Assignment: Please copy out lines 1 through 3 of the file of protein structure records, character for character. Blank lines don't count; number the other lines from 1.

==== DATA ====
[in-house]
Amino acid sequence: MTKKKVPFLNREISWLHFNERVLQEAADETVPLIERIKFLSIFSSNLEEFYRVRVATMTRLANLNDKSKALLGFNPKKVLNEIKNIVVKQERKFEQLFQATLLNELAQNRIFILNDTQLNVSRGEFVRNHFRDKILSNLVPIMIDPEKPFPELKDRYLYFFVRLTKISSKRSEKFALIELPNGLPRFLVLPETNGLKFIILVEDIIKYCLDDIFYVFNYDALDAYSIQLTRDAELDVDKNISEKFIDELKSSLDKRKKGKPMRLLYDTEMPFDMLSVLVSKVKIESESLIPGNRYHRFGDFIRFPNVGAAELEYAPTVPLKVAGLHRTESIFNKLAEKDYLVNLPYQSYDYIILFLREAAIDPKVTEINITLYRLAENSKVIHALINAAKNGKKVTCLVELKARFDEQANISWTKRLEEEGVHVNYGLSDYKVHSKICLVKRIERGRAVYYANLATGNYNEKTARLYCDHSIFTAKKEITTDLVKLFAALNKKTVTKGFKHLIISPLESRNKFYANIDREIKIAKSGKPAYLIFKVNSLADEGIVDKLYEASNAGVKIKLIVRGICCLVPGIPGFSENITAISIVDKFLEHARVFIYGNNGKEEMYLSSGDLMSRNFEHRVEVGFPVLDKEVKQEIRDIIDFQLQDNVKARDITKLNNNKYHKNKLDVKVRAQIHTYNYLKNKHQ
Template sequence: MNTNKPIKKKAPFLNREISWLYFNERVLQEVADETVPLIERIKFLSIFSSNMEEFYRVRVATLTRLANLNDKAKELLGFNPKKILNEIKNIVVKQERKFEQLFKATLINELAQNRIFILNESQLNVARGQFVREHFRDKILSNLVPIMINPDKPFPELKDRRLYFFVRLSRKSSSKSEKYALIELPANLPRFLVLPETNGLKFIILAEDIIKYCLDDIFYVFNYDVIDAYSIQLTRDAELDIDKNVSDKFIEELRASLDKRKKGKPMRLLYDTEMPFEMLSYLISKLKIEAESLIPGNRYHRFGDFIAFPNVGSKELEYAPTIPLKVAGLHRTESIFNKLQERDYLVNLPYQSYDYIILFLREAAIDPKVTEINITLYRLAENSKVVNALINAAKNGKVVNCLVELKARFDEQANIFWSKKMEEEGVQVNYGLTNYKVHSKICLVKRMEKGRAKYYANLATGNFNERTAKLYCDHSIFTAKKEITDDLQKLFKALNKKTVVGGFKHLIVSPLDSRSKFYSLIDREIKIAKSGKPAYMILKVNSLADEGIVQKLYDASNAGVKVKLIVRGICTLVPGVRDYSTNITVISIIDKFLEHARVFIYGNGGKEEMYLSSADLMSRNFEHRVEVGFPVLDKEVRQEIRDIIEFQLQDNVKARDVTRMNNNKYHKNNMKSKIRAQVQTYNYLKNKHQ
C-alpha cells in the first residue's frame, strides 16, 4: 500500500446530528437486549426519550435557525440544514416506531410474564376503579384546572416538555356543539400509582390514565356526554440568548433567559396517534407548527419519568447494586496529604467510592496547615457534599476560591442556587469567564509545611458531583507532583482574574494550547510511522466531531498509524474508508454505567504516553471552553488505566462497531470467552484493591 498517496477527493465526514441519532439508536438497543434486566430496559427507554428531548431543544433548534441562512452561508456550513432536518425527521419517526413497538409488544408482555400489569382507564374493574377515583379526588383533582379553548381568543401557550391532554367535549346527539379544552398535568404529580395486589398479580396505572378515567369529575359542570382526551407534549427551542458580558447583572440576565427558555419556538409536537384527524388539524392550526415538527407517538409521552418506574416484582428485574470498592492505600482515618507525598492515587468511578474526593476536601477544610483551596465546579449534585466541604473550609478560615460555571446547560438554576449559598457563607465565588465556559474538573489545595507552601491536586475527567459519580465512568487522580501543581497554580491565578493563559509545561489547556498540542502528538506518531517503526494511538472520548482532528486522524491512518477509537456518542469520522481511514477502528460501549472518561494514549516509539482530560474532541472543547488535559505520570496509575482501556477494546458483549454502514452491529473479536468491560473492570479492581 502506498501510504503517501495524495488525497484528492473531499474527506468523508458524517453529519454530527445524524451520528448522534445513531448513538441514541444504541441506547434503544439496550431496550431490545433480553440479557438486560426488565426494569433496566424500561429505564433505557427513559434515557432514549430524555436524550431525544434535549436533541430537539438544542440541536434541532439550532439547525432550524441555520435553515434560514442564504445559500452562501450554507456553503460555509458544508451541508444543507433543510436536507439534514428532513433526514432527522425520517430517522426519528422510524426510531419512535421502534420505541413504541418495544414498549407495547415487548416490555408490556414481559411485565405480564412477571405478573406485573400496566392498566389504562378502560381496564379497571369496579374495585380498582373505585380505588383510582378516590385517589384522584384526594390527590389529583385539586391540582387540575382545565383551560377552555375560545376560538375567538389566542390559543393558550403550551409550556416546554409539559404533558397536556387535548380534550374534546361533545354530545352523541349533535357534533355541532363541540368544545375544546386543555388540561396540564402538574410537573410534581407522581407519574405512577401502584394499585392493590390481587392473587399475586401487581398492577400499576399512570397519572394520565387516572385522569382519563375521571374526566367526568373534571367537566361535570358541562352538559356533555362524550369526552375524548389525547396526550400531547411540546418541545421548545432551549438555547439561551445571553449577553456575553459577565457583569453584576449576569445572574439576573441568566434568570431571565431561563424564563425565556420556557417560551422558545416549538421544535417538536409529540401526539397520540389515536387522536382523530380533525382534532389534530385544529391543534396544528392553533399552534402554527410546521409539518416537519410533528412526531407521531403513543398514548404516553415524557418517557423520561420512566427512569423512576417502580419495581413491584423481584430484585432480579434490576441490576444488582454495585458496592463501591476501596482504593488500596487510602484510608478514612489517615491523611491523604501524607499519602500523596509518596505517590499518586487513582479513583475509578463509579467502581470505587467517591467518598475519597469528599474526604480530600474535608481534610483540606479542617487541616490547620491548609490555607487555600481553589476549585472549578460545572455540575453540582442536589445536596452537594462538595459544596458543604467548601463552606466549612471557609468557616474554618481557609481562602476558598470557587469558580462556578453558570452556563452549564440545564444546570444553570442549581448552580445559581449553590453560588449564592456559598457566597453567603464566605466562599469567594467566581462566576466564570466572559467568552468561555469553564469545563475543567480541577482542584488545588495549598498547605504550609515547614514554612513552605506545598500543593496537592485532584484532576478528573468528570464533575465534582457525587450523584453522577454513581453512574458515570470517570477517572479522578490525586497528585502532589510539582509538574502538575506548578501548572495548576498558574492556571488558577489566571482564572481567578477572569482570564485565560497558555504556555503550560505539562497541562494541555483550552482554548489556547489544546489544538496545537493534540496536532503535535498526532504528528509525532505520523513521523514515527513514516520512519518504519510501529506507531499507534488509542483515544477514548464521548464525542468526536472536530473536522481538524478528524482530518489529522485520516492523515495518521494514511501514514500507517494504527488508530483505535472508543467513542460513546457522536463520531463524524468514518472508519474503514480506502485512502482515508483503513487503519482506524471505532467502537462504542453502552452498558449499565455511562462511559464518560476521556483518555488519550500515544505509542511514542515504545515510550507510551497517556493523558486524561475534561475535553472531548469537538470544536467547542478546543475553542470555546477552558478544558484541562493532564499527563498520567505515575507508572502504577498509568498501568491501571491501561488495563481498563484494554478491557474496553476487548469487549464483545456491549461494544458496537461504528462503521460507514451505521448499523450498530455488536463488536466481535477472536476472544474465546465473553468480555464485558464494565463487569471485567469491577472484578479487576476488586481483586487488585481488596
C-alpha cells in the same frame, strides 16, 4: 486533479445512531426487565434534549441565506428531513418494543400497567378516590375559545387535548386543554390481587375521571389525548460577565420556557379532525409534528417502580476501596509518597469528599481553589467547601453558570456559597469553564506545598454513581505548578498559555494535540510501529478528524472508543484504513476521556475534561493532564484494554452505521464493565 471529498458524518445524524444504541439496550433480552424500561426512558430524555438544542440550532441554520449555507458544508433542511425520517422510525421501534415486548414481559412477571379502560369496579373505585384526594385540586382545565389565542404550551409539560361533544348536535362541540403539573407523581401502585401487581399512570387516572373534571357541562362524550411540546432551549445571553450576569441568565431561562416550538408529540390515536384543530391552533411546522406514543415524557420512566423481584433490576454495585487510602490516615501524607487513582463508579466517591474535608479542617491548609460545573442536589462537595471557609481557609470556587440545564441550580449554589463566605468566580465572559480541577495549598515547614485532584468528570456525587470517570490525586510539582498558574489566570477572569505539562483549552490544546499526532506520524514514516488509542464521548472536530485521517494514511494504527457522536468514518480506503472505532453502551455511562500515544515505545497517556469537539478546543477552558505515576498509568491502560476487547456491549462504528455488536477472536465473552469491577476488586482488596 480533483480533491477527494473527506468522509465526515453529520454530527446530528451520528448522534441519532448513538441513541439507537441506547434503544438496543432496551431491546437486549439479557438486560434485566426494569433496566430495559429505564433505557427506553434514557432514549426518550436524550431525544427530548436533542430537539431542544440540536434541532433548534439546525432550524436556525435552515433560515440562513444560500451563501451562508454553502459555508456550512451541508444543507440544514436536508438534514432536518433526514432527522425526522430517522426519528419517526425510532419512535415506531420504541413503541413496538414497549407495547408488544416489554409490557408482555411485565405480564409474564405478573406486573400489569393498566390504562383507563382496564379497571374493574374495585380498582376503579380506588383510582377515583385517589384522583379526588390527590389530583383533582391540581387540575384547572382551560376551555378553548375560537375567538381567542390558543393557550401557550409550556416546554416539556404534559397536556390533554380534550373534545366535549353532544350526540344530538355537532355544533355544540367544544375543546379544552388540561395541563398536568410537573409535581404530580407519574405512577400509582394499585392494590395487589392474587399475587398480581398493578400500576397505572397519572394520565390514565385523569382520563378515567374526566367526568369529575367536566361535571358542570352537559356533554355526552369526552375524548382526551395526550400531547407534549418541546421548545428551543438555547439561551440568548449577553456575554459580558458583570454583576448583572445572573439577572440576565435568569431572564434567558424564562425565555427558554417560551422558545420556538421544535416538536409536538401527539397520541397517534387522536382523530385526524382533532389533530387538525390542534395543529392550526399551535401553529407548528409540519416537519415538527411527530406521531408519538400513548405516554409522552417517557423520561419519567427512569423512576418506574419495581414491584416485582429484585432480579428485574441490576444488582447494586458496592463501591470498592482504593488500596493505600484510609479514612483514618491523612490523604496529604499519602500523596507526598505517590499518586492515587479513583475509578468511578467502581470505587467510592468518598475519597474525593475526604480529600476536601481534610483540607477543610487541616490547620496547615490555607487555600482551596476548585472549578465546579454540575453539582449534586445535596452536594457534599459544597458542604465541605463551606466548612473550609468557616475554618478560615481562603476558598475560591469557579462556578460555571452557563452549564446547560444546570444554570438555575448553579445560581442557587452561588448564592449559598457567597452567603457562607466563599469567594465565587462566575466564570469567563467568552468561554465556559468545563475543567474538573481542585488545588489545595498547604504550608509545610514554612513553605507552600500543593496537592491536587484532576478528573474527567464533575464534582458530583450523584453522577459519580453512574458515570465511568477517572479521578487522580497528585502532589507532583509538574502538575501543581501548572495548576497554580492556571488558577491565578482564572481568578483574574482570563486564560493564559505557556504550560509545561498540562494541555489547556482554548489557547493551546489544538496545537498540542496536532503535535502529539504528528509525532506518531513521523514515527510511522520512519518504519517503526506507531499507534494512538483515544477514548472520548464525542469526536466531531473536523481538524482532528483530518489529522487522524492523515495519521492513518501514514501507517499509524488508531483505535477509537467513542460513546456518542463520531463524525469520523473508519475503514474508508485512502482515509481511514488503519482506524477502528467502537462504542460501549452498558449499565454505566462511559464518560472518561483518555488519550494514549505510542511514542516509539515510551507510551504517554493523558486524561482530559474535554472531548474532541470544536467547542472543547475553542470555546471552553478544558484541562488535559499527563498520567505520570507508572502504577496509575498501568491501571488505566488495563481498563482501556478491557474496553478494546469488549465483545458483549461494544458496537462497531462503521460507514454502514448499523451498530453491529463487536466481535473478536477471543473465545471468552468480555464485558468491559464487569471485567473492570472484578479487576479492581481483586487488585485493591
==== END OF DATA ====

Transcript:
[in-house]
Amino acid sequence: MTKKKVPFLNREISWLHFNERVLQEAADETVPLIERIKFLSIFSSNLEEFYRVRVATMTRLANLNDKSKALLGFNPKKVLNEIKNIVVKQERKFEQLFQATLLNELAQNRIFILNDTQLNVSRGEFVRNHFRDKILSNLVPIMIDPEKPFPELKDRYLYFFVRLTKISSKRSEKFALIELPNGLPRFLVLPETNGLKFIILVEDIIKYCLDDIFYVFNYDALDAYSIQLTRDAELDVDKNISEKFIDELKSSLDKRKKGKPMRLLYDTEMPFDMLSVLVSKVKIESESLIPGNRYHRFGDFIRFPNVGAAELEYAPTVPLKVAGLHRTESIFNKLAEKDYLVNLPYQSYDYIILFLREAAIDPKVTEINITLYRLAENSKVIHALINAAKNGKKVTCLVELKARFDEQANISWTKRLEEEGVHVNYGLSDYKVHSKICLVKRIERGRAVYYANLATGNYNEKTARLYCDHSIFTAKKEITTDLVKLFAALNKKTVTKGFKHLIISPLESRNKFYANIDREIKIAKSGKPAYLIFKVNSLADEGIVDKLYEASNAGVKIKLIVRGICCLVPGIPGFSENITAISIVDKFLEHARVFIYGNNGKEEMYLSSGDLMSRNFEHRVEVGFPVLDKEVKQEIRDIIDFQLQDNVKARDITKLNNNKYHKNKLDVKVRAQIHTYNYLKNKHQ
Template sequence: MNTNKPIKKKAPFLNREISWLYFNERVLQEVADETVPLIERIKFLSIFSSNMEEFYRVRVATLTRLANLNDKAKELLGFNPKKILNEIKNIVVKQERKFEQLFKATLINELAQNRIFILNESQLNVARGQFVREHFRDKILSNLVPIMINPDKPFPELKDRRLYFFVRLSRKSSSKSEKYALIELPANLPRFLVLPETNGLKFIILAEDIIKYCLDDIFYVFNYDVIDAYSIQLTRDAELDIDKNVSDKFIEELRASLDKRKKGKPMRLLYDTEMPFEMLSYLISKLKIEAESLIPGNRYHRFGDFIAFPNVGSKELEYAPTIPLKVAGLHRTESIFNKLQERDYLVNLPYQSYDYIILFLREAAIDPKVTEINITLYRLAENSKVVNALINAAKNGKVVNCLVELKARFDEQANIFWSKKMEEEGVQVNYGLTNYKVHSKICLVKRMEKGRAKYYANLATGNFNERTAKLYCDHSIFTAKKEITDDLQKLFKALNKKTVVGGFKHLIVSPLDSRSKFYSLIDREIKIAKSGKPAYMILKVNSLADEGIVQKLYDASNAGVKVKLIVRGICTLVPGVRDYSTNITVISIIDKFLEHARVFIYGNGGKEEMYLSSADLMSRNFEHRVEVGFPVLDKEVRQEIRDIIEFQLQDNVKARDVTRMNNNKYHKNNMKSKIRAQVQTYNYLKNKHQ